There is only another "sports" organization that I can think of that follows this, the WWE. Levy also argued that the league markets its products and merchandise as a whole to promote the NFL as a whole. These arguments led all the way to lockout during the 2011 offseason. The league would still earn $5 Billion in revenue, even without a single game being played.
Professional sports is the only industry without ANY federal oversight. Therefore the league can do and go as they see fit, this is something the players were concerned about going into the lockout, the NFL players themselves sought help from US Congress asking for oversight of the NFL. And NFL players wanted an explanation as to why the NFL owners were granted an Anti-Trust exemption in the first place. They didn't get it.
The NFL proved in this lawsuit that they see themselves as a single unit in the "entertainment" industry and the unique league revenue sharing strategy is not common amongst professional sports leagues. 3. Players are paid to play, not win.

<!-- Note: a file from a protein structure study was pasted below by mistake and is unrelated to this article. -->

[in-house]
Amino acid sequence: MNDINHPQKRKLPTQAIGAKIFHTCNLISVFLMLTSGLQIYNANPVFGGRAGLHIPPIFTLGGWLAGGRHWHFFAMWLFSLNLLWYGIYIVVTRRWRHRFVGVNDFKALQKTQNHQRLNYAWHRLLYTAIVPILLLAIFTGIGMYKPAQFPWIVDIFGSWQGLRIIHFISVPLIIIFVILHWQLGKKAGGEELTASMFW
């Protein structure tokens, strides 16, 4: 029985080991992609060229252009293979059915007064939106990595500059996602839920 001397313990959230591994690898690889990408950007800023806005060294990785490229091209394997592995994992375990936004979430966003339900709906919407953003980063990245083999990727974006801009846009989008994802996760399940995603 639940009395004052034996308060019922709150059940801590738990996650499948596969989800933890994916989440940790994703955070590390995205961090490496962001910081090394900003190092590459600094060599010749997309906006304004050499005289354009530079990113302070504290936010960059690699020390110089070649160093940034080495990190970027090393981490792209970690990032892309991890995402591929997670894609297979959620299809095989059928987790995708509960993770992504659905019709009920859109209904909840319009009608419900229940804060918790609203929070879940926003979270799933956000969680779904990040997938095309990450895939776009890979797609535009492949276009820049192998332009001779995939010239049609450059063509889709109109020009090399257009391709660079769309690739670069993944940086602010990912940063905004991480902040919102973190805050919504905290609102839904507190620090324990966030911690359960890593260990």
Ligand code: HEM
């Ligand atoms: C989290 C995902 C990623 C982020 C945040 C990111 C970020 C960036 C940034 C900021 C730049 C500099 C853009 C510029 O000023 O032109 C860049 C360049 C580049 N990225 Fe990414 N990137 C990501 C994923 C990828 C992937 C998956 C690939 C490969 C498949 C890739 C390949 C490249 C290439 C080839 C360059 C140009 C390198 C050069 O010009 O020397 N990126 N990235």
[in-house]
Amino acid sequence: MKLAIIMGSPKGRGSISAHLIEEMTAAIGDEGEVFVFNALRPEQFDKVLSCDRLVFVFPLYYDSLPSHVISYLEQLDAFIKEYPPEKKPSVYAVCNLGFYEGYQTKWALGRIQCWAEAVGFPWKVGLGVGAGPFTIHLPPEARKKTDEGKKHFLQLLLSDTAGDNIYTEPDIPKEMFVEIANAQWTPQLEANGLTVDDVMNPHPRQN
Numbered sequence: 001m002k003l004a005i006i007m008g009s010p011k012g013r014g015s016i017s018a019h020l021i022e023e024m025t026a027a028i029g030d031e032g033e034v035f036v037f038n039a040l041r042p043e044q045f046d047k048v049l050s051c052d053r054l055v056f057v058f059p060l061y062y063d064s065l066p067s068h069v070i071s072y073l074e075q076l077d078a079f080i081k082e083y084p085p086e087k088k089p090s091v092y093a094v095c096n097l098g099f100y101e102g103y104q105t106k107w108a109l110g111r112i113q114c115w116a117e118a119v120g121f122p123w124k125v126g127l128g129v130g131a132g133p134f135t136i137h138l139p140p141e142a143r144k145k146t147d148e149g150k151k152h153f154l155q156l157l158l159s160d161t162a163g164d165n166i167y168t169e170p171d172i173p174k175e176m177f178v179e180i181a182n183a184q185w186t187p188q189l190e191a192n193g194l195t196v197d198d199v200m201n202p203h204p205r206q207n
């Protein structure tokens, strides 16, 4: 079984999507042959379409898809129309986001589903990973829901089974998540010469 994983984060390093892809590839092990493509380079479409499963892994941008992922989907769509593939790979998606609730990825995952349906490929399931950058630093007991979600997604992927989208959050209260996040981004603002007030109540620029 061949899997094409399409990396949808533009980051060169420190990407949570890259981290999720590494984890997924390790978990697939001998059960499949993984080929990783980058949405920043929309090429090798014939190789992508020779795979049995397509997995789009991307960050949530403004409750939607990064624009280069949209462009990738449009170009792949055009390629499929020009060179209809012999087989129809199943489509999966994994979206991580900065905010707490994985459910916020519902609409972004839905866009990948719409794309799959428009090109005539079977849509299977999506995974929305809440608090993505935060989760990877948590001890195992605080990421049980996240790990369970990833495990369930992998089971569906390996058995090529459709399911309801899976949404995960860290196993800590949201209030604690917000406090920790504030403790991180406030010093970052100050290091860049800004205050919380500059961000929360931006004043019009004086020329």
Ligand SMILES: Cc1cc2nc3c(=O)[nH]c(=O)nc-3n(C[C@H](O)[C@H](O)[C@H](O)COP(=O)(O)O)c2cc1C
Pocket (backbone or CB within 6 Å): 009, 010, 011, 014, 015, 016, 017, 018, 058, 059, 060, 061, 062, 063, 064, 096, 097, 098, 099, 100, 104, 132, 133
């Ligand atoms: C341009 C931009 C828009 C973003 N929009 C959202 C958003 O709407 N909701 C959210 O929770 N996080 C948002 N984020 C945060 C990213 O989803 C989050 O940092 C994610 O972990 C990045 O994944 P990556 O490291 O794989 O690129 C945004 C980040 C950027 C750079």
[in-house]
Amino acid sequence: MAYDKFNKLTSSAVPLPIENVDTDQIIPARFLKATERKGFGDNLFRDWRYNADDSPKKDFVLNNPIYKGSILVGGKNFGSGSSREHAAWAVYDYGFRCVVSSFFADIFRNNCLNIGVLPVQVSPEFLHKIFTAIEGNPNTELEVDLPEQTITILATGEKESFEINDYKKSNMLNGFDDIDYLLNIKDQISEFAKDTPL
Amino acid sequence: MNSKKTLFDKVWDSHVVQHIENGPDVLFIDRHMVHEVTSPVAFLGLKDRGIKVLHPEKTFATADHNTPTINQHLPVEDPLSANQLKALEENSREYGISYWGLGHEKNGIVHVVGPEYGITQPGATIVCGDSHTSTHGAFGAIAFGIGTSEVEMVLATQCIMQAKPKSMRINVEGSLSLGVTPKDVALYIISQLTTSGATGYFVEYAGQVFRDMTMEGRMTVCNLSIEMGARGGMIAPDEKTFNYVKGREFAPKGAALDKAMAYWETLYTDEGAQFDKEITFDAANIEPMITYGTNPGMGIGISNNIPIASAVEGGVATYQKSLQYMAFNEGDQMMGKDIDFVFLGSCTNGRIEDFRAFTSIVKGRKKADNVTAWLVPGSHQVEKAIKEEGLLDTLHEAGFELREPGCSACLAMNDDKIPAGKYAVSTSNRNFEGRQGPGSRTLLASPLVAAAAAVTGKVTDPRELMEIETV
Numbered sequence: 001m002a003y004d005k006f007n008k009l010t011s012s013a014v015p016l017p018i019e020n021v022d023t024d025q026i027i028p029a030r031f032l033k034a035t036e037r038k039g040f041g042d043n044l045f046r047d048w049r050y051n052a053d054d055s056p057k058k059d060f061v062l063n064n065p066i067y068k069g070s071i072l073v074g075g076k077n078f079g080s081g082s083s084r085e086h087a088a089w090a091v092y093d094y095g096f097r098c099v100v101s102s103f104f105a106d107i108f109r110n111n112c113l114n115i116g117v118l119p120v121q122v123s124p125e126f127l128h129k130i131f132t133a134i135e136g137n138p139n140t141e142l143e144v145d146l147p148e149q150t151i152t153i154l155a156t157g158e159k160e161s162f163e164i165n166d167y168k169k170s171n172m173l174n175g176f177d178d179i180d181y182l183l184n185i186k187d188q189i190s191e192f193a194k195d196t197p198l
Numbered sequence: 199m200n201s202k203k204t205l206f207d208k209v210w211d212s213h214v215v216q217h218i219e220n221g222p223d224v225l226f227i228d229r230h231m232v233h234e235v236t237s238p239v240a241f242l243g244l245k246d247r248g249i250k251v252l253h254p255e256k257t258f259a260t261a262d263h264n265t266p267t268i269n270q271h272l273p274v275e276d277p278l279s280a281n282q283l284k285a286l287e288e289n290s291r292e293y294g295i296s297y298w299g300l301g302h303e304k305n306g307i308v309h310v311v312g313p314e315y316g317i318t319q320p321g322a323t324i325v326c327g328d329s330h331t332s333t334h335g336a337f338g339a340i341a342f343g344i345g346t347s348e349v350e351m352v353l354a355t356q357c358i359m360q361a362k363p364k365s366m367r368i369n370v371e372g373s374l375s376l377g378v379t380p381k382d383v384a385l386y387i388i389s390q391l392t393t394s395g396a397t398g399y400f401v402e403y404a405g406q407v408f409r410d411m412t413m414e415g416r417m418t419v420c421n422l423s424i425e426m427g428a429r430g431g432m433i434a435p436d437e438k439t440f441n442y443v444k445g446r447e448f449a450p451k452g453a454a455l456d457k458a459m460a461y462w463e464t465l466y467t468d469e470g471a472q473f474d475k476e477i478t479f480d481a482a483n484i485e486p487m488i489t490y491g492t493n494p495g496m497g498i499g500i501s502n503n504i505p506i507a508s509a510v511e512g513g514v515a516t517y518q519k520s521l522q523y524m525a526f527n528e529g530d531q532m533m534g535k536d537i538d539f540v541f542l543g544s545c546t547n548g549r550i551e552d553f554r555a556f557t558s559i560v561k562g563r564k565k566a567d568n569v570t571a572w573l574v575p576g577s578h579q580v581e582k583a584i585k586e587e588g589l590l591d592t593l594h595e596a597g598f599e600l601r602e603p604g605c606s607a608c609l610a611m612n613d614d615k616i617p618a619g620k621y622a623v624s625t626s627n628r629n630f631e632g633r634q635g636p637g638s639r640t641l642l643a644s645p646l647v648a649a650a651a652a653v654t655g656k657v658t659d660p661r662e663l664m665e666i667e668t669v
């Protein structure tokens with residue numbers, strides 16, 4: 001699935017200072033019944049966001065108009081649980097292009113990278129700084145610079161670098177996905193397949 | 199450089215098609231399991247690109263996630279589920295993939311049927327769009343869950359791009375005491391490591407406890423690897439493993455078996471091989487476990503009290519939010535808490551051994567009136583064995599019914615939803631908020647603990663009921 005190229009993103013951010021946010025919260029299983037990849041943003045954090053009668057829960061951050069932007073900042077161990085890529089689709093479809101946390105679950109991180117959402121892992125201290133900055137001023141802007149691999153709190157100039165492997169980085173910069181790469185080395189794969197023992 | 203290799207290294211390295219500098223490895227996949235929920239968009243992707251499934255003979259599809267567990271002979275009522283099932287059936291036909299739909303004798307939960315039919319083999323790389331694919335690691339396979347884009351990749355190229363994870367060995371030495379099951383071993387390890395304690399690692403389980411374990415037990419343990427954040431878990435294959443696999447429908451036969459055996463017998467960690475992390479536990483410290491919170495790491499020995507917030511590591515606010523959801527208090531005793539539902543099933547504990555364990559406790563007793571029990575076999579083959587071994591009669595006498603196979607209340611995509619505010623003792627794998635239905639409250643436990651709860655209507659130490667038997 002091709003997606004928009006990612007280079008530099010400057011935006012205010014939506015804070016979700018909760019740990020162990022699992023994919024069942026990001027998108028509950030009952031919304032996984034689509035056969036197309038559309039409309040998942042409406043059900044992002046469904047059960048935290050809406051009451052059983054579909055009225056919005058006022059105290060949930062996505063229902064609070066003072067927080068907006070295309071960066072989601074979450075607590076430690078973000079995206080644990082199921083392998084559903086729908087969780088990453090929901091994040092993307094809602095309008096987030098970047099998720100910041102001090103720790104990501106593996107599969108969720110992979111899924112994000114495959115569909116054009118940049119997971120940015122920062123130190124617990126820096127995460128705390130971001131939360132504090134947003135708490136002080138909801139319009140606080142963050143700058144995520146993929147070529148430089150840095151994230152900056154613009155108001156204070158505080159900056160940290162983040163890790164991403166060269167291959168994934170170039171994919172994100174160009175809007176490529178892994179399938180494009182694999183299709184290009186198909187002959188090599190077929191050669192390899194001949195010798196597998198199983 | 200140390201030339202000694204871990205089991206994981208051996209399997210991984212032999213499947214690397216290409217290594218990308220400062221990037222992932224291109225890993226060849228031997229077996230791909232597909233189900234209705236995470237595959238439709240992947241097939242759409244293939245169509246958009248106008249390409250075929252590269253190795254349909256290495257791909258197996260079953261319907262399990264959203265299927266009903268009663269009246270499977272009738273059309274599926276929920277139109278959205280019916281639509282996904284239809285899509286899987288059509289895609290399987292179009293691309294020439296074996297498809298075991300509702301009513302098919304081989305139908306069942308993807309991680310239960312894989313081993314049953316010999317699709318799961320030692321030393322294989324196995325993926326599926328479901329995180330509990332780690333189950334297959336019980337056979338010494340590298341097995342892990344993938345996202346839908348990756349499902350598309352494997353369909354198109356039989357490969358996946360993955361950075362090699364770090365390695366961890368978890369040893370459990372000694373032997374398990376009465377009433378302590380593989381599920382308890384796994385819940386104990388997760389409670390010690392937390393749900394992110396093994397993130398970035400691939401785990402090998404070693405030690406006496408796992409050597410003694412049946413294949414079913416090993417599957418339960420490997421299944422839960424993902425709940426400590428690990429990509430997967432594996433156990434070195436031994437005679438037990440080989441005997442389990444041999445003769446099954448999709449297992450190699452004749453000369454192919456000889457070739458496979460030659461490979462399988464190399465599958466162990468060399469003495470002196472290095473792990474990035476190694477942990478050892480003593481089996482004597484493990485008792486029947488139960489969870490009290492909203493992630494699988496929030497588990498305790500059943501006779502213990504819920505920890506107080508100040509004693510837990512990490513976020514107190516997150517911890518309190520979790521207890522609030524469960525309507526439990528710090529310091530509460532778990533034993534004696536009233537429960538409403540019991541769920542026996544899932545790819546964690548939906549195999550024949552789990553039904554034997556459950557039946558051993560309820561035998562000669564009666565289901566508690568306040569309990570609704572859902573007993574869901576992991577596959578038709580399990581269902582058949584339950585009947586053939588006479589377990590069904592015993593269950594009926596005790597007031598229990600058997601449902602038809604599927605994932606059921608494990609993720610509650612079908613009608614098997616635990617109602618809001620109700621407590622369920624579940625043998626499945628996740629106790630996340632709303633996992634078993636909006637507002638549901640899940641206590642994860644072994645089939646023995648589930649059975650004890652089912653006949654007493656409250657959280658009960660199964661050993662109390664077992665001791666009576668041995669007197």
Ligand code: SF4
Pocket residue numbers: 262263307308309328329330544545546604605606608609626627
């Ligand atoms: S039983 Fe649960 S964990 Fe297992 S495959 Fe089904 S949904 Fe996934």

There is this notion that NFL players play for "the gory of the game" and all this other propaganda that the NFL wants you to absorb. But nothing could be further from the truth. Although there is a percentage of players who play for the love of the game, most play for the money and fame. So keeping this in mind, players earn their salary by playing, not winning. It makes no difference to a player, paycheck wise, if he wins or loses as he will still be richer than the average person. Not to mention the ridiculous amount of morons that encompass the NFL as murderers, rapists, drug addicts, gamblers, womanizers, tramps, dog fighters, thugs and gangsters, ex cons, I could go on.
It only take a coach, and the referees to provide an outcome to the NFL's liking. Therefore, players play and get paid, and as long as they keep their mouth shut they will be rewarded if such privileged info were to cross their path. Most American men have played football on some level which brings about the notion "I played football and I've never been asked to fix a game, therefore there is no way an NFL game would be fixed".